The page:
There are a lot of other ways to gather motivation too, like joining meetup groups or even just talking to your family members or friends that inspire you. The important thing to remember is that you don’t have to try to remember every detail or follow everything you hear or read in these resources, as long as you are interested in the topic, your mind tends to pick up the bits of information that you need at the right time even though you didn’t try to memorize them thoroughly.
It is also important to have mentors and idols you can follow. It can be anyone from celebrities to someone you work with, as long as they motivate you, inspire you and push you in the right path.
One thing that not a lot of people realize is that being productivite is a skill that can be learnt. The more you practice, the better you get. Setting a habit, learning new things, getting tasks accomplished etc. are just skills that can be learnt with enough practice. I know some people that are addicted to progress and productivity and they treat it like it’s a sports that they are trying to get better at.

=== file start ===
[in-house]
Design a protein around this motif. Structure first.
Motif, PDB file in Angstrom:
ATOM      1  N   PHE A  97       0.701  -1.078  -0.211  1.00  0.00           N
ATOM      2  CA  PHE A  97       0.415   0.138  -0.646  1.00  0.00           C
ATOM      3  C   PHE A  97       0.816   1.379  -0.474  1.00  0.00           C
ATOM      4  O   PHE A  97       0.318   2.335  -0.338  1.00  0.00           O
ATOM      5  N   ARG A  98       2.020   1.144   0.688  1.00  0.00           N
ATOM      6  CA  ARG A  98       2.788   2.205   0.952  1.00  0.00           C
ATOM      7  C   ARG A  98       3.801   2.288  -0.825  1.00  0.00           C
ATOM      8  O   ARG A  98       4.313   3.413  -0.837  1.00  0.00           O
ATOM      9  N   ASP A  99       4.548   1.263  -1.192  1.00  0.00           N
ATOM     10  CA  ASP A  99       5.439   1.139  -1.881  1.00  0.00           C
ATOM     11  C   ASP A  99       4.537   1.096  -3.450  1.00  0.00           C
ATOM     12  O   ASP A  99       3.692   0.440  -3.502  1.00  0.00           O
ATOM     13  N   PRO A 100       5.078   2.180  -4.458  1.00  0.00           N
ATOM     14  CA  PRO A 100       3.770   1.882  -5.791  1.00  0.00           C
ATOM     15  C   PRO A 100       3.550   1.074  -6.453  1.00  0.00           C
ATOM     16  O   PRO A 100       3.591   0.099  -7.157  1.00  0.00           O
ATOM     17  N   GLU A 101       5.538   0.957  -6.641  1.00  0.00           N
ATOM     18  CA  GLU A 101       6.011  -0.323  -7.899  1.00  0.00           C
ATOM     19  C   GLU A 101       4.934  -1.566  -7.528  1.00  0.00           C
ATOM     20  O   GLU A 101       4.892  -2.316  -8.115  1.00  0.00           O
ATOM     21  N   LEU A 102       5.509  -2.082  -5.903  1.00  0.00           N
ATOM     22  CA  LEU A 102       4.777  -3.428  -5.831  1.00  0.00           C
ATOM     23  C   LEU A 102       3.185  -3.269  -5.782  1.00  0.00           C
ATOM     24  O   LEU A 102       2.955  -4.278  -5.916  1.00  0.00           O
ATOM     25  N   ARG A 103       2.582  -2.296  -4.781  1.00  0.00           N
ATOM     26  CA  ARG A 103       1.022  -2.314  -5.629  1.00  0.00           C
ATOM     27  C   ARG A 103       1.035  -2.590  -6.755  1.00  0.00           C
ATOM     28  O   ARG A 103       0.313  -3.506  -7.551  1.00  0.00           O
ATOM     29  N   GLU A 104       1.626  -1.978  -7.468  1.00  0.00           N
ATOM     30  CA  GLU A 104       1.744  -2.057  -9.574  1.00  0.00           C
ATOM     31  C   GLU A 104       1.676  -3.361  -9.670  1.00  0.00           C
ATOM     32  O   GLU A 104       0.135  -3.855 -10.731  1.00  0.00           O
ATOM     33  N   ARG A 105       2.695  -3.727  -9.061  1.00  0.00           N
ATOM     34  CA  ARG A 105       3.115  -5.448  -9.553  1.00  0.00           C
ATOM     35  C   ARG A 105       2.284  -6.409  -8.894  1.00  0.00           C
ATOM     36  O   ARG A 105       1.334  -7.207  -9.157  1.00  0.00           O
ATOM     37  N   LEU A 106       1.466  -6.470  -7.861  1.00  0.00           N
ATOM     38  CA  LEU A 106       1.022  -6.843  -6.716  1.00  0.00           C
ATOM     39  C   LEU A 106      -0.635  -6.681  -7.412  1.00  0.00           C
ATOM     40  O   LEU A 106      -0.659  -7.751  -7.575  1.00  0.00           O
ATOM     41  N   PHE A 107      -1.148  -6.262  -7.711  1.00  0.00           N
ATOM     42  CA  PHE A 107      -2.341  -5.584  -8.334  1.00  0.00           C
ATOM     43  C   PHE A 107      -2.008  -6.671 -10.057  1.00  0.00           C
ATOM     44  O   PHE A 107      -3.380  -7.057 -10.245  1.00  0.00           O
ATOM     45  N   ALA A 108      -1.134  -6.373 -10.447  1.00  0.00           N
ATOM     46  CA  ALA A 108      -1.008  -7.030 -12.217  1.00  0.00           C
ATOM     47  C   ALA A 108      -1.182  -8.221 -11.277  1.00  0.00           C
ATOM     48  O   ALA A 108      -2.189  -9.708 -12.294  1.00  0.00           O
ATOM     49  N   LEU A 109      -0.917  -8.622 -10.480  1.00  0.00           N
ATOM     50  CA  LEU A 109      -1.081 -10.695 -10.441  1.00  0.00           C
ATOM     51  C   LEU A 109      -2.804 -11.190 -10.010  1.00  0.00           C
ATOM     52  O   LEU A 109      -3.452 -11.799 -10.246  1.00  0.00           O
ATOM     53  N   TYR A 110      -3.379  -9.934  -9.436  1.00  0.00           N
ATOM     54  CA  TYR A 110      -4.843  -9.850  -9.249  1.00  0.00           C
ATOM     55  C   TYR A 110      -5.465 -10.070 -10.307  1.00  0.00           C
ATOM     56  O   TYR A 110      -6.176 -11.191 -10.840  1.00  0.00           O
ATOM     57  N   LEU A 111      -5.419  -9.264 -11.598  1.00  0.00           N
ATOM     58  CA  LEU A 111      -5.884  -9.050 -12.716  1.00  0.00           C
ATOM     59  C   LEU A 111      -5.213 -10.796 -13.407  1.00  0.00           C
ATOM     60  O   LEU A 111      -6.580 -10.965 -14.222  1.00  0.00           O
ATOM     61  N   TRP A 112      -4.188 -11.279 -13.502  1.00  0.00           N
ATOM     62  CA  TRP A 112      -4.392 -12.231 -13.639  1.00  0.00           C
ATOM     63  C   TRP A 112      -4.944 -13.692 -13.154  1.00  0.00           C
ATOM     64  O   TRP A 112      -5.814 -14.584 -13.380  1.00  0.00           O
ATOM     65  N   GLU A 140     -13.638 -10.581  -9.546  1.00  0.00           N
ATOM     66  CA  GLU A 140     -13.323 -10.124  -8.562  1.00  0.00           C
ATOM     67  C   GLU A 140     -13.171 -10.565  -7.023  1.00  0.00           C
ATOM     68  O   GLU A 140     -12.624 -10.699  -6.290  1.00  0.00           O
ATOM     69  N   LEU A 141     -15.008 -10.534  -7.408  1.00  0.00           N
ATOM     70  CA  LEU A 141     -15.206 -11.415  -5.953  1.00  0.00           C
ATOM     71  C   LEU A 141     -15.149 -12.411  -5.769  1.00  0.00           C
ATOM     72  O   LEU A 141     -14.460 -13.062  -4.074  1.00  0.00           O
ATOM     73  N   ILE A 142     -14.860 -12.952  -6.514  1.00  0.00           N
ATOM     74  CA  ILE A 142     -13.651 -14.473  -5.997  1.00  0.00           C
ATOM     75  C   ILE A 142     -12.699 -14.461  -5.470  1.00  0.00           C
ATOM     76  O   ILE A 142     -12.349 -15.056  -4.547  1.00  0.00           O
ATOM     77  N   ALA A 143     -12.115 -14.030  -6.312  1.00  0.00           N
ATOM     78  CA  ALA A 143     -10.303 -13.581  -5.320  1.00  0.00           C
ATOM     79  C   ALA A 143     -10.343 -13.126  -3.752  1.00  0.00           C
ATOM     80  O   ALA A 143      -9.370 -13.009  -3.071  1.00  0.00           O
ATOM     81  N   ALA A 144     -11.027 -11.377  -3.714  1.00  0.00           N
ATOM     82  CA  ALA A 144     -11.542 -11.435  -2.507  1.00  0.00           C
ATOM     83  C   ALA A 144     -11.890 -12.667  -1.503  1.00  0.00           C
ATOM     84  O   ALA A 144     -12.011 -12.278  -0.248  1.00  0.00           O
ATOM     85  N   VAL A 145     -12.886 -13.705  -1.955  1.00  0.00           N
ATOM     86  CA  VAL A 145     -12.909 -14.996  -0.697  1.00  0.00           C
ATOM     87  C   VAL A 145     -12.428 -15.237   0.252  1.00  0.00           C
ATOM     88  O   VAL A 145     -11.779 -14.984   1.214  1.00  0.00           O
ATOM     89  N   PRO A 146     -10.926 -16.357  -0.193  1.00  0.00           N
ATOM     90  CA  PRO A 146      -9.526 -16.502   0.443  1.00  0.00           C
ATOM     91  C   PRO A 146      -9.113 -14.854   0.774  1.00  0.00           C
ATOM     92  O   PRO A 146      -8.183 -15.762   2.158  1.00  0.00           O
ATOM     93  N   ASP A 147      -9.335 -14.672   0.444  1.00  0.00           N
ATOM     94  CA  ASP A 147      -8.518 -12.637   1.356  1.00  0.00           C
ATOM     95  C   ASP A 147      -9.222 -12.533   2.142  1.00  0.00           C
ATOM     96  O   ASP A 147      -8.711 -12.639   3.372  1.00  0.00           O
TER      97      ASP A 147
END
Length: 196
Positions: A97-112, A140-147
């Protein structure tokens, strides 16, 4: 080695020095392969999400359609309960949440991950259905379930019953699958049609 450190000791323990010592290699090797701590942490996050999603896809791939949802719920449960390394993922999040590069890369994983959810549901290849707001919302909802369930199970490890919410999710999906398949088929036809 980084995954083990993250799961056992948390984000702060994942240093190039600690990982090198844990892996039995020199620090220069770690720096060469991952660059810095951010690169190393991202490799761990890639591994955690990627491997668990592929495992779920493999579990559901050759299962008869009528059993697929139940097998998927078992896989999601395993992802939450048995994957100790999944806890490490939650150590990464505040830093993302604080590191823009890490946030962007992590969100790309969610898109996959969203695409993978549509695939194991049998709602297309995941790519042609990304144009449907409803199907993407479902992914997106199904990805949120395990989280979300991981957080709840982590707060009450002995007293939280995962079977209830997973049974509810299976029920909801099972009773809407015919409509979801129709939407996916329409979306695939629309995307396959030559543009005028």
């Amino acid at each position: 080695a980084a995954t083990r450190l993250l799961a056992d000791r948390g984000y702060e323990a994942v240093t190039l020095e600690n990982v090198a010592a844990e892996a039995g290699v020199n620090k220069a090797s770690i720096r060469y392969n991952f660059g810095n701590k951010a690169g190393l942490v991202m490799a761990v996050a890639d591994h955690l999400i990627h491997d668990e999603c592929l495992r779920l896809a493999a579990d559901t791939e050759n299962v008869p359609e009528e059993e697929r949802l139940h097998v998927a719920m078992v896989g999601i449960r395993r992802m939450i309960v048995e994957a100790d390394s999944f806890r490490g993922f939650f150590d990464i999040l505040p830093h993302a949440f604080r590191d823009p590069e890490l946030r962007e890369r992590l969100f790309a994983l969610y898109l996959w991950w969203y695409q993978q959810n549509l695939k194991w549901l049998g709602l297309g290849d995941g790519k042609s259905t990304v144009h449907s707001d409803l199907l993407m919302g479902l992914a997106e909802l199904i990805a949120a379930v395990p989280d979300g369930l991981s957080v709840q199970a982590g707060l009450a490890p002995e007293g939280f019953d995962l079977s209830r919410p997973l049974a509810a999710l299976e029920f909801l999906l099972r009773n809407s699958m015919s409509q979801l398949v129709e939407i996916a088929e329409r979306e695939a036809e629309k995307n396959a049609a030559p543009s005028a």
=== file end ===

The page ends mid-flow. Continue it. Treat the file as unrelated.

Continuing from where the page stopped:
Even though most of us have been taught to work hard all our life, it is important to work smart as well. Sometimes you are better off spending time figuring out how to do a mundane repeated task more efficiently and fast instead of spending your time doing it the way you have always been doing. Efficiency is the key, if you can get into the mindset where you start enjoying the process of getting some work done as efficiently as possible, it will help you be even more productive in the long term.
Fear of judgement and competition is another huge thing that hurts your productivity. Questions like “What if I can’t finish this?”, “What will they say if I fail at this?”, “Why can he get it done so quickly and I can’t?” etc. might sound familiar, but they hold you back for no reason. You just need to realize that you are doing what you are doing for yourself, and how others judge you won’t affect you. It is better to attempt something and fail at it than not attempt at all. You miss all the chances you don’t take. Most businesses fail because of fear of competition too.